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Compartment Pressure Syndrome in forearms

12:39:57 PM
Just wondering if anyone else out there has been unlucky enough to be
diagnosised with Compartment Pressure Syndrome in the forearms. I have been lead to believe by 3 experts that
it can be common umongst climbers, kayakers and maybe trades people who use their forearm muscles.

The surgeon I saw was pretty much trying to talk me out of surgery. Been dealing with
this pain in my mid-forearm on both arms for over a year, still hasn't gone away.
Pretty much at my wits end now, would just love to climb once more.
All thoughts and experiences would be greatly appreciated..

12:50:16 PM
If you are looking for some climber specific information about this, the book "One move too many" has a small section on compartment syndrome. I can dig it out if you want.

12:52:59 PM
That would be great if it is not to much hassle.....cheers.
2:03:58 PM
I was nearly convinced I had this in my calves after persistent problems a few years ago.

On consulting with an osteopath they were unable to rule this out although conceded it wasn't their speciality.

Fortunately I kept researching before seeing a surgeon. Eventually it transpired that a magnesium deficiency was the cause. Compartmental Syndrome is major surgery to rectify, be very sure that's the problem before taking on the cure.

2:17:56 PM
Dug the book out. Unfortunately, while it is covered, there's not heaps in it about this (2.5 pages with one of those being pictures). Summary of what's there:
Symptoms: Pain like your forearm is going to pop like you're really, really pumped but way too early in workout. Can last for extended periods.

Cause: Muscle fascia hasn't stretched to accommodate muscle growth, causes constriction and lack of blow flow. Lowered removal of lactic so burn can last days. Highly trained athletes can also experience this when infection disease has compromised immune system.

Diagnosis: Difficult. Intercompartmental pressure measurement must be taken while preforming the sport specific stress. To do this a small catheter is placed inside the muscle (with local) and the pressures measured before and after climbing. If pressure reaches a certain point and does not return to normal within a given amount of time, the diagnosis is proven.

[ Picture of pressure testing showing catheter in arm hooked up to display ]

Recommended therapy: Stress reduction, Stretching, Antiphlogistic drugs, massages and lymphatic system drainage, in severe cases, surgical procedure.

[ Photo of the author's forearms, one after compartment syndrome and surgery to repair it, the other never having had the problem. Visible bulge where muscle has been released through the fascia ]

4:42:54 PM
Thanks heaps aj,

I had a test done which confirmed the diagnosis. However, the way you have described the test is not entirely the same the way the doctor did my test and the ostepath I saw also was curious as to the method used to test the pressures. Which of course left me even more baffled, needless to say I am seeing another specialist surgeon for another opinion before jumping right into surgery. Plus I plan on seeing an OT and doing quite a bit of deep tissue massage to see if that helps for some time.
I definately agree with gfdonc,
"be very sure that's the problem before taking on the cure." good advice.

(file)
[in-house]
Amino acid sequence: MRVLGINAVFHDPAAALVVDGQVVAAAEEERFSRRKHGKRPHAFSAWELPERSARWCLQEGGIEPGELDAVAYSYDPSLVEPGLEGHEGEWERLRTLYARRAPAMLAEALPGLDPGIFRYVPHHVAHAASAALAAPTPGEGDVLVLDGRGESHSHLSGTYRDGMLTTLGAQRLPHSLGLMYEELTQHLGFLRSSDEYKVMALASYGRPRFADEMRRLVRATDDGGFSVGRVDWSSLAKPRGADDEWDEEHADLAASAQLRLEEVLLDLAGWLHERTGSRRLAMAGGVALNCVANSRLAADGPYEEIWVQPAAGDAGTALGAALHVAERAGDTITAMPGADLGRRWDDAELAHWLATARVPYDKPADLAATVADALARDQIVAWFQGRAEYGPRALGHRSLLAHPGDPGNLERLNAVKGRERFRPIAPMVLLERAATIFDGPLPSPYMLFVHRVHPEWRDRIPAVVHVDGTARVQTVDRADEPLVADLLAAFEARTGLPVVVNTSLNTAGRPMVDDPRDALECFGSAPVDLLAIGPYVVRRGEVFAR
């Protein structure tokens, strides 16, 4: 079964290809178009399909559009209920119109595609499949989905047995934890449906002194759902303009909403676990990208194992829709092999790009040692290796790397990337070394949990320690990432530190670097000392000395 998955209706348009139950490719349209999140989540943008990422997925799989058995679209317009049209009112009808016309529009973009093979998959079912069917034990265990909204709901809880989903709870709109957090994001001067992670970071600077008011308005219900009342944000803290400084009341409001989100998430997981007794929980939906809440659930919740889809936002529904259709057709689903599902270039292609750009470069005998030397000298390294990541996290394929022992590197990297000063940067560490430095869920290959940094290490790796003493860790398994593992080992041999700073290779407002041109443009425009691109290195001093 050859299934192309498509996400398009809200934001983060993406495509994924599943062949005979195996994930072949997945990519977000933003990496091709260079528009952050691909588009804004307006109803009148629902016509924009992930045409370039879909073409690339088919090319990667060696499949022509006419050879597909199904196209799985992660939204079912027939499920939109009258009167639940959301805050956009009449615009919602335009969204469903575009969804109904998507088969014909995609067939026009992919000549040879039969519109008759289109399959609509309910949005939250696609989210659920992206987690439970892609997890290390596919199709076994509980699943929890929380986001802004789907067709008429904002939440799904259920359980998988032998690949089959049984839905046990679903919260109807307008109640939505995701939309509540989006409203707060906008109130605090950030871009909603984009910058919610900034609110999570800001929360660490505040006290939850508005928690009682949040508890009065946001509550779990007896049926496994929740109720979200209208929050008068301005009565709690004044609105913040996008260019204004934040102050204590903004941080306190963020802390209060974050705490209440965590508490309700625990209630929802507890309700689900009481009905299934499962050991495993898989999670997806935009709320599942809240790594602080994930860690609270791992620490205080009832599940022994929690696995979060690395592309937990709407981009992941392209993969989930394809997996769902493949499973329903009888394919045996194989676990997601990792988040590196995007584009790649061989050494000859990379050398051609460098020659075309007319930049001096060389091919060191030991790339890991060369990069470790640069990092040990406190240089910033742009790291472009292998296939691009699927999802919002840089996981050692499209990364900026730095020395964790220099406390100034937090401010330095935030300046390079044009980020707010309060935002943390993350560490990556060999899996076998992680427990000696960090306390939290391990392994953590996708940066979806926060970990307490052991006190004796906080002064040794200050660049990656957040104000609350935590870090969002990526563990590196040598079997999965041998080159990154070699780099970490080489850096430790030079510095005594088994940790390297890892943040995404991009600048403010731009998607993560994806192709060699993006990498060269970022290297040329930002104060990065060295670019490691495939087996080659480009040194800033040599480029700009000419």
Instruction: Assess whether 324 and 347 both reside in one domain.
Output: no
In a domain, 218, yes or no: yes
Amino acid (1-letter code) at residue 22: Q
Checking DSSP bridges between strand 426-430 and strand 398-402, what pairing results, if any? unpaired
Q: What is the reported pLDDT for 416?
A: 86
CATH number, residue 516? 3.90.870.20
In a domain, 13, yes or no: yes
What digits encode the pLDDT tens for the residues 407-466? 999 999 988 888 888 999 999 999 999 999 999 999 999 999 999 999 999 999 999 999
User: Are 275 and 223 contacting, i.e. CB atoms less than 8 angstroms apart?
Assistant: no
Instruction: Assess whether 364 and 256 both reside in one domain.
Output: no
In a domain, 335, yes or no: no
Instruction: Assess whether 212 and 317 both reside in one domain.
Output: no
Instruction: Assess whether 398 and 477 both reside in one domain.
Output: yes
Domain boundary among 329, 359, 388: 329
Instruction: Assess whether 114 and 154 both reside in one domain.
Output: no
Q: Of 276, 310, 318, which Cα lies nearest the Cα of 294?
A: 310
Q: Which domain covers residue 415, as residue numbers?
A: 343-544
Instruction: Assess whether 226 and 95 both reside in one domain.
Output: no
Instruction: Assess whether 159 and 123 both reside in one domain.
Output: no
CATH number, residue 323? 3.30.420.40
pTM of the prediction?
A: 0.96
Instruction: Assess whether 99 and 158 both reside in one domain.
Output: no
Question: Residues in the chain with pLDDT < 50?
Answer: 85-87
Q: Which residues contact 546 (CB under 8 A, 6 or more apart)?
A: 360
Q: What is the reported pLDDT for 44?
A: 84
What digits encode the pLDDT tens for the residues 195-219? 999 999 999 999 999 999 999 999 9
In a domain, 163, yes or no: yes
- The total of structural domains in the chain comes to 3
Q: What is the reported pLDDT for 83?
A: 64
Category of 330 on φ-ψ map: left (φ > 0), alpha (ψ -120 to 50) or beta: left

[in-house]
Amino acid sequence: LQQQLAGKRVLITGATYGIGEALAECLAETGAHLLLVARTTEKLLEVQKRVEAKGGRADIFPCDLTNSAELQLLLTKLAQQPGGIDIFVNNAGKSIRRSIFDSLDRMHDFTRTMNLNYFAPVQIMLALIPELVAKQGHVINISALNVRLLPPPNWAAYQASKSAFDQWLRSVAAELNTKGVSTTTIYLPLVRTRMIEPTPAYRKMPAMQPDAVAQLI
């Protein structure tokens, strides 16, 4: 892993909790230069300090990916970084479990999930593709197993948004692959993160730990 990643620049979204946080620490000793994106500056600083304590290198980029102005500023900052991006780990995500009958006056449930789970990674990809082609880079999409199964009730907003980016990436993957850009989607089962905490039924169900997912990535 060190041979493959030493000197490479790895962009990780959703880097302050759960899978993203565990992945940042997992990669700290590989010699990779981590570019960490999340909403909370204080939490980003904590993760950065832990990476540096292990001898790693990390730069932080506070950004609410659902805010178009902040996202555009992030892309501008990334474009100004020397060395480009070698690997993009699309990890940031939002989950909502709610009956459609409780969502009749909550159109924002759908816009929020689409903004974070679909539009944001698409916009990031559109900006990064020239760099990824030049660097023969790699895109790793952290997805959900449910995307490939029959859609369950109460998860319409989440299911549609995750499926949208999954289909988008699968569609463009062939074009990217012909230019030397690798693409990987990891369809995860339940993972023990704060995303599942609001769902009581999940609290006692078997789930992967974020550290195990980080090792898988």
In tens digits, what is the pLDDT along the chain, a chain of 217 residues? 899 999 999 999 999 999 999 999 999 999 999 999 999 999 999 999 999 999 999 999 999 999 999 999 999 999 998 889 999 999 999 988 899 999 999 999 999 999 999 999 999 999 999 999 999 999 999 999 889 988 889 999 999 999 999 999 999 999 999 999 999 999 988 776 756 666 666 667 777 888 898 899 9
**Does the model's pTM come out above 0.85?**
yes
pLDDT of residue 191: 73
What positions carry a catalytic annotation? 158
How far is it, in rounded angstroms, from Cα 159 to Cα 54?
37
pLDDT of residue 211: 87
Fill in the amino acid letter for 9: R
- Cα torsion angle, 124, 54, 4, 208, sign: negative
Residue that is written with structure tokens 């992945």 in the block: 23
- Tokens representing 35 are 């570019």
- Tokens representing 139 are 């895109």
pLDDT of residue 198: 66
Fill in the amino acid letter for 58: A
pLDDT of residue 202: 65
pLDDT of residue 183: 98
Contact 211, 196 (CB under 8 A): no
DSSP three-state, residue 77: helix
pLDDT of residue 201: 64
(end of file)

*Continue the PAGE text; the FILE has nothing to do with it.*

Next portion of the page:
I guess my only real main concern is if this will get worse, I have read that the increased pressures can cause temporary or even permanent nerve damage. Not really what I need.

cheers all

6:09:07 PM
Apart from rest what have you tried to alleviate the symptoms?

Sarah Gara
9:17:28 PM
If it's anything like Anterior compartment syndrome in your legs the only thing that will cure it is either surgery to cut the fascia that holds the compartment and the muscle in place allowing the muscle to continue to grow. or loosing muscle and allowing the muscle to refit into the compartment it was supposed to fit in originally -before you got too strong and muscly. (i can't spell that word)

Anecdotally - my bro had Ant comp syndrome operated on earlier this year after 2years of pain and being unable to run and he is now back to full strength and no longer has a fat face - (he put on loads of weight not being able to run!)

The way they diagnose it (again I only know the legs0 is by inserting needles into the muscle and measuring the pressure at during exercise.

I hope for your sake it's not compartment pressure syndrome... good luck man x

8:44:30 AM
I have had extensive physio (lots of stretching and tai chi) and have had quortisone infusion patches on the effected area. This was when I thought it was RSI. Now that I believe it maybe CPS I have only really had some deep tissue therapy, the diagnosis was only made about 3 months ago. The MRI that I had showed no evidence of tendon sheath damage or any other abnormalities which is why my sports physician has lent towards CPS.

Once I am 100% convinced it is CPS than I guess I will see if other treatments work first, failing them I am booked in at the end of the month to see another specialist for a second opinion. This surgeon might not tell me that he needs to open up my forearm just to cut the fascia like the first surgeon I saw told me....

I may even get the test done again, this time not have needles inserted near my elbow to get the pressure reading, which is what puzzled the first surgeon I saw. hmmmmm.

I seriously hope it isn't CPS as well even though I am mentally prepared for the final diagnosis....thanks for the good luck wishes...cheers

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